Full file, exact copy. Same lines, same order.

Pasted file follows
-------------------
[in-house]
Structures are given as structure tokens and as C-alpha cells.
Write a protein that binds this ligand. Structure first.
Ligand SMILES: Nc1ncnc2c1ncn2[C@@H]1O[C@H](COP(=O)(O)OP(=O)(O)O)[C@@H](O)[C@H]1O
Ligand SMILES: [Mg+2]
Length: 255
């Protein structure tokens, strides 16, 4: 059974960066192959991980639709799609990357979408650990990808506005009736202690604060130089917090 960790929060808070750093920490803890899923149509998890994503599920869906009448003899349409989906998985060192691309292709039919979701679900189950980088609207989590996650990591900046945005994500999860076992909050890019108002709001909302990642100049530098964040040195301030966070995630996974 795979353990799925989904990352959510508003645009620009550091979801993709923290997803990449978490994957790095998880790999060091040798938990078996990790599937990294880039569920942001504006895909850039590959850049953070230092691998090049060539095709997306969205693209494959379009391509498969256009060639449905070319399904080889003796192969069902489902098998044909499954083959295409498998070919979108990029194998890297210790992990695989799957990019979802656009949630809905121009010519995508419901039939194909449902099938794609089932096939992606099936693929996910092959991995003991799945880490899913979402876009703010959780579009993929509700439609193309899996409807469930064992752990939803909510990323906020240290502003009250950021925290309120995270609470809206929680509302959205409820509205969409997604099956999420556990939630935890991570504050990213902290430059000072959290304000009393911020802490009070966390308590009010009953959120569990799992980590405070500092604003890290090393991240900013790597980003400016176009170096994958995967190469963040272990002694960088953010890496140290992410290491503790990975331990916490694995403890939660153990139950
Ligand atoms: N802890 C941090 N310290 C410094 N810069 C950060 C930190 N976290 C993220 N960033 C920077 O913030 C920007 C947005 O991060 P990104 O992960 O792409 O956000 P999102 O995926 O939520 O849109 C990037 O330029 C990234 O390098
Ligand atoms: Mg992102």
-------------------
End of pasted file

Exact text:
[in-house]
Structures are given as structure tokens and as C-alpha cells.
Write a protein that binds this ligand. Structure first.
Ligand SMILES: Nc1ncnc2c1ncn2[C@@H]1O[C@H](COP(=O)(O)OP(=O)(O)O)[C@@H](O)[C@H]1O
Ligand SMILES: [Mg+2]
Length: 255
């Protein structure tokens, strides 16, 4: 059974960066192959991980639709799609990357979408650990990808506005009736202690604060130089917090 960790929060808070750093920490803890899923149509998890994503599920869906009448003899349409989906998985060192691309292709039919979701679900189950980088609207989590996650990591900046945005994500999860076992909050890019108002709001909302990642100049530098964040040195301030966070995630996974 795979353990799925989904990352959510508003645009620009550091979801993709923290997803990449978490994957790095998880790999060091040798938990078996990790599937990294880039569920942001504006895909850039590959850049953070230092691998090049060539095709997306969205693209494959379009391509498969256009060639449905070319399904080889003796192969069902489902098998044909499954083959295409498998070919979108990029194998890297210790992990695989799957990019979802656009949630809905121009010519995508419901039939194909449902099938794609089932096939992606099936693929996910092959991995003991799945880490899913979402876009703010959780579009993929509700439609193309899996409807469930064992752990939803909510990323906020240290502003009250950021925290309120995270609470809206929680509302959205409820509205969409997604099956999420556990939630935890991570504050990213902290430059000072959290304000009393911020802490009070966390308590009010009953959120569990799992980590405070500092604003890290090393991240900013790597980003400016176009170096994958995967190469963040272990002694960088953010890496140290992410290491503790990975331990916490694995403890939660153990139950
Ligand atoms: N802890 C941090 N310290 C410094 N810069 C950060 C930190 N976290 C993220 N960033 C920077 O913030 C920007 C947005 O991060 P990104 O992960 O792409 O956000 P999102 O995926 O939520 O849109 C990037 O330029 C990234 O390098
Ligand atoms: Mg992102």